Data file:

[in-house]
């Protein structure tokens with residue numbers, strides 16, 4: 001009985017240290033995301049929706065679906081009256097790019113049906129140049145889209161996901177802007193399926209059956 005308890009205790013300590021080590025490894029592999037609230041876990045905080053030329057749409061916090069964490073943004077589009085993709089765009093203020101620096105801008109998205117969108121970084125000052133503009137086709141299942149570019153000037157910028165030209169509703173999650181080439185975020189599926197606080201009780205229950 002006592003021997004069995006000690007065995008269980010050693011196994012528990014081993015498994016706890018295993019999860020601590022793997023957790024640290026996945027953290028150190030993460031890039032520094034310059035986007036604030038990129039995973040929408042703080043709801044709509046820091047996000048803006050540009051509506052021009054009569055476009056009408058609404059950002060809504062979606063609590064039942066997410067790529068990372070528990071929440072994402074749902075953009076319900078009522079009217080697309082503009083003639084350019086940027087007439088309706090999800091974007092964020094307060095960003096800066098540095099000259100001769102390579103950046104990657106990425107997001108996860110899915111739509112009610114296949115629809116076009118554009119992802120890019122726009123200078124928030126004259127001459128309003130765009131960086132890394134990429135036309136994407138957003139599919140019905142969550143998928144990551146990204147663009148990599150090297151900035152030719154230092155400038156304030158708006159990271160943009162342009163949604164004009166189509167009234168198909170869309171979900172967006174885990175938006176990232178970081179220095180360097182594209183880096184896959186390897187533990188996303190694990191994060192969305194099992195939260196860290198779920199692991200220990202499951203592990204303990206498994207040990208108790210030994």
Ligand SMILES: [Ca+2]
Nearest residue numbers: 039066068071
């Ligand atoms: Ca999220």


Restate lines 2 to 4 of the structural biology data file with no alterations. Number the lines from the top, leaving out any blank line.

């Protein structure tokens with residue numbers, strides 16, 4: 001009985017240290033995301049929706065679906081009256097790019113049906129140049145889209161996901177802007193399926209059956 005308890009205790013300590021080590025490894029592999037609230041876990045905080053030329057749409061916090069964490073943004077589009085993709089765009093203020101620096105801008109998205117969108121970084125000052133503009137086709141299942149570019153000037157910028165030209169509703173999650181080439185975020189599926197606080201009780205229950 002006592003021997004069995006000690007065995008269980010050693011196994012528990014081993015498994016706890018295993019999860020601590022793997023957790024640290026996945027953290028150190030993460031890039032520094034310059035986007036604030038990129039995973040929408042703080043709801044709509046820091047996000048803006050540009051509506052021009054009569055476009056009408058609404059950002060809504062979606063609590064039942066997410067790529068990372070528990071929440072994402074749902075953009076319900078009522079009217080697309082503009083003639084350019086940027087007439088309706090999800091974007092964020094307060095960003096800066098540095099000259100001769102390579103950046104990657106990425107997001108996860110899915111739509112009610114296949115629809116076009118554009119992802120890019122726009123200078124928030126004259127001459128309003130765009131960086132890394134990429135036309136994407138957003139599919140019905142969550143998928144990551146990204147663009148990599150090297151900035152030719154230092155400038156304030158708006159990271160943009162342009163949604164004009166189509167009234168198909170869309171979900172967006174885990175938006176990232178970081179220095180360097182594209183880096184896959186390897187533990188996303190694990191994060192969305194099992195939260196860290198779920199692991200220990202499951203592990204303990206498994207040990208108790210030994």
Ligand SMILES: [Ca+2]
Nearest residue numbers: 039066068071